The search for oxygen has taken us to the Moon. It has been discovered that the regolith, a layer of dust, rocks and dirt that covers the surface of our satellite, has large amounts of this precious element, and now they know how to extract it. The next step that ESA wants to take is to do it on a large scale.
The possibility of extracting oxygen from the lunar dust is one of the great challenges that today’s science has proposed. In 2019 it was investigated how to extract it from a moon dust simulator, and now a specialized facility is being prepared for play it on a large scale at the European Space Research and Technology Center of the European Space Agency (ESA), in the Netherlands.
For now it is just a project that is in prototype phase, but if it works, it would be a very important source of resources for lunar missions, and even for long-term missions with moon bases and colonies. To work on it, the facility will use the techniques developed by chemistry Beth Lomax, from the University of Glasgow.
Lomax explained that “being able to obtain oxygen from resources found on the Moon would obviously be of great help so that the future colonizers of the Moon can breathe and produce rocket fuel.”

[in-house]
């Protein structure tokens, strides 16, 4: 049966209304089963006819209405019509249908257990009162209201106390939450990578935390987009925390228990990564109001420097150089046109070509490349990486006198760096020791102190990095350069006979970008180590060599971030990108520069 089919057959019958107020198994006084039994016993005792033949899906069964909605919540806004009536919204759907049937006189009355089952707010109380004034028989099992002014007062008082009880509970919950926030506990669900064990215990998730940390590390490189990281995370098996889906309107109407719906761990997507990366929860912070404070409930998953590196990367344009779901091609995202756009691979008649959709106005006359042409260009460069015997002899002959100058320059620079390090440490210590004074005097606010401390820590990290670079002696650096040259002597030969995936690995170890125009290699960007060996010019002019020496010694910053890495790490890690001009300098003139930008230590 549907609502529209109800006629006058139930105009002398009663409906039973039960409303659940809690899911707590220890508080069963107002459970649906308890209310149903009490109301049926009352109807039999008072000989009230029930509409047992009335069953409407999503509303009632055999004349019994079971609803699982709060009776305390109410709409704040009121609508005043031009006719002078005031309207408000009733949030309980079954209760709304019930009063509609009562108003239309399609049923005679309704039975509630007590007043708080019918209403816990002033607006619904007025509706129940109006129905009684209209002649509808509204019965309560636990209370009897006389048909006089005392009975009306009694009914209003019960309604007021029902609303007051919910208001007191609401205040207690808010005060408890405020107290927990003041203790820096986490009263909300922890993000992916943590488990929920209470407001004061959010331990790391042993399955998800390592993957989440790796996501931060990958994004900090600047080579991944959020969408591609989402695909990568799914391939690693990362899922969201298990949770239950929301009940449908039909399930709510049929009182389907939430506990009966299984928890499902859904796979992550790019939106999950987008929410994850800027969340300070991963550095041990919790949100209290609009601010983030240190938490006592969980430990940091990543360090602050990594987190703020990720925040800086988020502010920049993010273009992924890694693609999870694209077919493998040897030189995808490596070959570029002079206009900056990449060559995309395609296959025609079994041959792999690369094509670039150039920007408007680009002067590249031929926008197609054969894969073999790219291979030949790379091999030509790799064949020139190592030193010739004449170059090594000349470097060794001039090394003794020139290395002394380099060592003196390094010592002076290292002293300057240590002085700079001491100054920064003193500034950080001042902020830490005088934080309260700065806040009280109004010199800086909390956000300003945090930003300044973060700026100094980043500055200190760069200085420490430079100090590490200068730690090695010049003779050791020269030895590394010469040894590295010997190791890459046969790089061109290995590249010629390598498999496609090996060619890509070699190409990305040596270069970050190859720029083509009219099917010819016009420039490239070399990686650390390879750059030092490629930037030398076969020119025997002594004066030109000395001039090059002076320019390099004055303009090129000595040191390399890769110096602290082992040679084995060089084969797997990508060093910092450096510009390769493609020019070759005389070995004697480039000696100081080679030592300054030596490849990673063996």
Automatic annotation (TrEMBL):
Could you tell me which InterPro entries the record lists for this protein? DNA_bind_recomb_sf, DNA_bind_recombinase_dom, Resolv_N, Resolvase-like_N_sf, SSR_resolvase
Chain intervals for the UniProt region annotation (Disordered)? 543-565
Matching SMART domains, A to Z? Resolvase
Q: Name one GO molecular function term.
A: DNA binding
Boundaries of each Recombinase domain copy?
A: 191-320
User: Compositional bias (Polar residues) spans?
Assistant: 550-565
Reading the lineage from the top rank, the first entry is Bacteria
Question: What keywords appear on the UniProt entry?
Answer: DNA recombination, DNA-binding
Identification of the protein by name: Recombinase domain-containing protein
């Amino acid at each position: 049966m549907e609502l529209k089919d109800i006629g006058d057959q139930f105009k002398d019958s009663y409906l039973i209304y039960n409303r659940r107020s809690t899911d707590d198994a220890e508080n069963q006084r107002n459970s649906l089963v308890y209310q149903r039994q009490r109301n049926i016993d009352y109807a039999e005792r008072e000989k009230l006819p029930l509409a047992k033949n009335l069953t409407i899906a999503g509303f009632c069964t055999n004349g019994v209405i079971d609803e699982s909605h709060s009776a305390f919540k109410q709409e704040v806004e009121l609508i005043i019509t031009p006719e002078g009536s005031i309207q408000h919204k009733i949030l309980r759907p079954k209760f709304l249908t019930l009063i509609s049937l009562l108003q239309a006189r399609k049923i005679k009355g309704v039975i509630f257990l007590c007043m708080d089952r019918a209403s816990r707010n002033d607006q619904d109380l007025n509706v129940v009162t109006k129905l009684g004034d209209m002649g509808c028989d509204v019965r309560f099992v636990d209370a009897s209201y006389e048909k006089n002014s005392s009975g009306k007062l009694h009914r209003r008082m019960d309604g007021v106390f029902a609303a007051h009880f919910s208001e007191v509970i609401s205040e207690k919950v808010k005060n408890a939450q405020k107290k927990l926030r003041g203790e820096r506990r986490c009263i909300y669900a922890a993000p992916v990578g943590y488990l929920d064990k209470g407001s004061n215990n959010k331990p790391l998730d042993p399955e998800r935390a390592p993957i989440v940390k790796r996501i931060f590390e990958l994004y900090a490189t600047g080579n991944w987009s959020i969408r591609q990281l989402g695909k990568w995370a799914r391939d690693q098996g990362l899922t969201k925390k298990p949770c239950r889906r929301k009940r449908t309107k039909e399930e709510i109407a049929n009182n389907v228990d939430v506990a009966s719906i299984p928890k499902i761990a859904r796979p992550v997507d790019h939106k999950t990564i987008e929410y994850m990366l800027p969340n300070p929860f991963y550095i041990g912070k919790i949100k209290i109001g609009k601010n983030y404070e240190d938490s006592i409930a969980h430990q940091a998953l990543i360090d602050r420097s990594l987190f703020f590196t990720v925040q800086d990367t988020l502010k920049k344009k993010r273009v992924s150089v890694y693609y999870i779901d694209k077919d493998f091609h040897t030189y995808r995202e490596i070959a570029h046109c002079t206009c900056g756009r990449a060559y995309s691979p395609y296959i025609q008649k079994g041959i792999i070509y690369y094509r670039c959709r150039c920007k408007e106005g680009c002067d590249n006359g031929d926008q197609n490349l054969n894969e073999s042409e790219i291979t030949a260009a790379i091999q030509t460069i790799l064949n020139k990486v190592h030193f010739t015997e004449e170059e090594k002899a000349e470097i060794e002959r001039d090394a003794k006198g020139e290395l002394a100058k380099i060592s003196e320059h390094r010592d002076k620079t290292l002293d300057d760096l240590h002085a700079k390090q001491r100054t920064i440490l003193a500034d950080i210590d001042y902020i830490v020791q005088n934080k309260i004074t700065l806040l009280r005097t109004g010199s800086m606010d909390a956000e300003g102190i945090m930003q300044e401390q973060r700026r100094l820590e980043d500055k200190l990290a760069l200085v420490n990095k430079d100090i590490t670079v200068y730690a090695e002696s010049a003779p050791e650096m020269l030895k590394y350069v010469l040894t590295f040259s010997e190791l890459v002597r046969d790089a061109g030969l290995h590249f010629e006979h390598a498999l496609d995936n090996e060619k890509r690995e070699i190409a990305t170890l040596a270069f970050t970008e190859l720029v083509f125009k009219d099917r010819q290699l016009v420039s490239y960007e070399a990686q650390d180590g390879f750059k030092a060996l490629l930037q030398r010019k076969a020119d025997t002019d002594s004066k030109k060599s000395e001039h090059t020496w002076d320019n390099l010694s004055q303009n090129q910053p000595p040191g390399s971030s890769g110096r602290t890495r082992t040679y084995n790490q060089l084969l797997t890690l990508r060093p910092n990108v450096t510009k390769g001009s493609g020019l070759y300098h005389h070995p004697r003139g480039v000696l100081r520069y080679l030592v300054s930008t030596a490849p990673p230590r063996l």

The oxygen content in the regolith is between 40% and the Four. Five%, but until recently it was difficult to extract it. With the research carried out in 2019 by the Lomax team, a new way of addressing this challenge came effectively: it is about the molten salt electrolysis.
The process is as follows: the regolith is deposited in a mesh basket, and calcium chloride is added, which is precisely the electrolyte. The mixture is then heated to about 950 degrees Celsius, a temperature that does not melt the material. Thanks to this, after applying an electric current it is possible to extract the oxygen, and the powdered materials migrate to an anode, so that they can be easily removed.
This technique is very precise, since it manages to extract until the 96% oxygen of the regolith. In addition, as explained by ESA experts, the oxygen isolated material is a mixture of metal alloys whose analysis opens another useful line of research.
All this is part of one of ESA’s latest and most ambitious projects. As the head of the Organization’s Structures, Mechanisms and Materials Division, Tommaso Ghidini, affirmed, “we are changing our technical approach towards a systemic use of lunar resources in situ.” The goal is “a constant human presence on the Moon and, someday, maybe on Mars.”